Think about what it takes to age out. You were not returned to your family. You did not find the extended family to care for you. You were not adopted. You did not die, runaway or commit crimes sufficient to enter juvenile justice incarceration – (and that’s an excellent thing). No, you merely aged out.

Because you did not return to family, find extended family, become adopted, etc., you are without those permanent supports. You enter adulthood alone.

The Consequences of Aging Out

Because you were in foster care, the chances are incredibly high that you did not complete your education. You did not learn job skills. You do not have savings. You do not have someone to call when something goes “bump” in the night. You do not have someone to call when you fall and break a leg. You do not have a place to live. You do not have a job. You are not expecting a paycheck in the mail. You do not have a mailbox or an address.

You may have taken a class on buying groceries. You do not know how to buy groceries – not like a young adult who grew up at home learning to buy groceries by “osmosis” because their parents took them to the grocery store each week. But that’s okay – you do not have money to buy groceries. You spent it all on deposits for an apartment without furniture. You will need to save for that. You may have taken a class on how to open a bank account, but you have not been inside a bank often enough to feel safe in a bank. But that’s okay because you do not have a job. You do not have money from the job you do not have. You do not need a bank account.

Anyway, it would be difficult to get to the bank because you do not have transportation. Without money, you cannot buy gas. That may be okay because you do not have a car and even that may be okay, too, because chances are high that you do not have a drivers license. Your mom and dad are not likely to buy you a car, not even an old clunker. If you aged out of foster care following termination of parental rights, you may not even know where your mom or dad live.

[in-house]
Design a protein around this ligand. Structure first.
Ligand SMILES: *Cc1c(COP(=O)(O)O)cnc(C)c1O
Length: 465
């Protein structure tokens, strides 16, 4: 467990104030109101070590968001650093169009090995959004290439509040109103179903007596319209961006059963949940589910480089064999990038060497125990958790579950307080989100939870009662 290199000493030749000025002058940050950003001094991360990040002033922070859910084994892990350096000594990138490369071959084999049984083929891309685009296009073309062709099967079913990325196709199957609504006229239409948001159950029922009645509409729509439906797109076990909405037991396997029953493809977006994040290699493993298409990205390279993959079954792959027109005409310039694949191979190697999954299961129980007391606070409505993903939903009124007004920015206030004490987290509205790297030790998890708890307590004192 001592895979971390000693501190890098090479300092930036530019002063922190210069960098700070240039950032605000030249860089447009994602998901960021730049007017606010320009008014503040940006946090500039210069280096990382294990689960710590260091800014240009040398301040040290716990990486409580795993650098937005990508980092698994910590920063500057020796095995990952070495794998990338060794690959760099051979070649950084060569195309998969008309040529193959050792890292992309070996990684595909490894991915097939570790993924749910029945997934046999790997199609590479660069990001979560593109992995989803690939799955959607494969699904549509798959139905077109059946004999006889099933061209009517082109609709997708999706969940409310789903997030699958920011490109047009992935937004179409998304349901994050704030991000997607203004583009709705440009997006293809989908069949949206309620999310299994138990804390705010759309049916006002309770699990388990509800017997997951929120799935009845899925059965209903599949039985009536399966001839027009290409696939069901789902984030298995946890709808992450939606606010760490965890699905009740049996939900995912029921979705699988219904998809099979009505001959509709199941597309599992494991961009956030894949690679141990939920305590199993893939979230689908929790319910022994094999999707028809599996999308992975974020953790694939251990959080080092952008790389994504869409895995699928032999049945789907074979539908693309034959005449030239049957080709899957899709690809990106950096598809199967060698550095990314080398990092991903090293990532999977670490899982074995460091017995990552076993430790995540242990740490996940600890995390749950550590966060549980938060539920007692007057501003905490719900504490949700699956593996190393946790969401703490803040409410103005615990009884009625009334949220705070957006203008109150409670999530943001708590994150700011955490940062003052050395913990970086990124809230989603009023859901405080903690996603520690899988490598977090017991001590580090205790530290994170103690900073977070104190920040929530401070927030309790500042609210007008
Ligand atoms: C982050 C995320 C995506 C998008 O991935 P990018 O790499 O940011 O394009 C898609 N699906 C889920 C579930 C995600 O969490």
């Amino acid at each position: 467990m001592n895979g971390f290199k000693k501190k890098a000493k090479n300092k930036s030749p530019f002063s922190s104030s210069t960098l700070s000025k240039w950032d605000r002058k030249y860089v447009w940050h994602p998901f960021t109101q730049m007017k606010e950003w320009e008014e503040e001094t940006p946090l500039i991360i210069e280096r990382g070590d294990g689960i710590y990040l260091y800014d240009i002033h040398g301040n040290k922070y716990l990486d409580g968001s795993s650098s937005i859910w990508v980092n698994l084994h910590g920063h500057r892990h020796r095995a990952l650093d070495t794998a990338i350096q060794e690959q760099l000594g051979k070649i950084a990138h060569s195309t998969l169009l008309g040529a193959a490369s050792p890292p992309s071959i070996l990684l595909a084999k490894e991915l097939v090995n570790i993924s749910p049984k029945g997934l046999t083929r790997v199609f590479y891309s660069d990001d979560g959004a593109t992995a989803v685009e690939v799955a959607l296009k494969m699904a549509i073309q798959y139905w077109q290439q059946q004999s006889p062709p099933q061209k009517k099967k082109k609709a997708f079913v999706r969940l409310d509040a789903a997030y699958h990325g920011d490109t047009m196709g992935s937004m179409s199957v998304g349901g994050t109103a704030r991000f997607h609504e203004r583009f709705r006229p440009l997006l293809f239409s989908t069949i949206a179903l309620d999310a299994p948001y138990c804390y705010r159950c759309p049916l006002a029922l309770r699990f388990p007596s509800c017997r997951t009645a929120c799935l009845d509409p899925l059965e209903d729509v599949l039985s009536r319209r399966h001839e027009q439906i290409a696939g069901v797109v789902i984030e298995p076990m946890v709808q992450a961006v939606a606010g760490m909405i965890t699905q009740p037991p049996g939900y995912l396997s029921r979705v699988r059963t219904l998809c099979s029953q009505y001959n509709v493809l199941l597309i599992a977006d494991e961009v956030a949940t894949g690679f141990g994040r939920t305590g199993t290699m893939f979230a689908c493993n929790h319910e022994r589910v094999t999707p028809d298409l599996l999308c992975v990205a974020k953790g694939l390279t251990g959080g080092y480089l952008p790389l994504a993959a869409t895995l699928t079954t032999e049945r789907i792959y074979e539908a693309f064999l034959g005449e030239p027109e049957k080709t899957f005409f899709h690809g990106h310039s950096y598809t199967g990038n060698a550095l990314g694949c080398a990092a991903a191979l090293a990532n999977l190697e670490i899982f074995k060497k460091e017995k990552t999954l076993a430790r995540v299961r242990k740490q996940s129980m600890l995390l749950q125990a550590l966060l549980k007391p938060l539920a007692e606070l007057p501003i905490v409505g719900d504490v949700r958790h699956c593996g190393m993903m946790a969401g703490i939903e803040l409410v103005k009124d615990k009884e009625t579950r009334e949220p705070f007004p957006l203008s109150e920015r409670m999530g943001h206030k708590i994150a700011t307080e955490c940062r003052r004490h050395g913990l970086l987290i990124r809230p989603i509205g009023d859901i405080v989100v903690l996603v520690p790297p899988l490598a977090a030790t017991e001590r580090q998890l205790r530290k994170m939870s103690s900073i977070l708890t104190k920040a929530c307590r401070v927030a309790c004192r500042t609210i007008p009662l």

These are examples of the conditions a child who ages out of foster care faces. These few preceding paragraphs offer only a glimpse. Simply put, there are no safe landings for children who age out at 18.

The data clearly indicate the deficits which encumber a child who ages out of foster care. It is personal. For most adults, foster care is invisible, and children who age out of foster care are invisible. Unless we know the child, we are unaware of the potential that she has lost – through no fault of her own.

What we often overlook, too, is the cost to society. The expenses incurred by governments – and further upstream, by those who fund governments through taxes – and even further upstream, by all those who would have benefited if the child had been given the opportunities necessary to develop their skills at art, medicine, accounting, politics, education – you get the idea. All of us lose when children age out. We lose even more when they age out without supports and services.

Foster Care to 21 is the Answer

Foster care to 21 is a significant step in the right direction for children in foster care and for all of us who will benefit from their success. If you have ever helped one of your own children after their 18th birthday, you know how much assistance young adults can require.

Help a child forced to jump – in the worse sort of way – land on their feet. Help save the lives and lifetimes of children who age out of foster care. Support foster care to 21.

Rick Wheat

1. Midwest Evaluation of the Adult Functioning of Former Foster Youth: Outcomes at Ages 23 and 24 by Mark Courtney, Amy Dworsky, JoAnn Lee and Melissa Raap.
2. Extending Foster Care Beyond 18. http://www.ncsl.org/research/human-services/extending-foster-care-to-18.aspx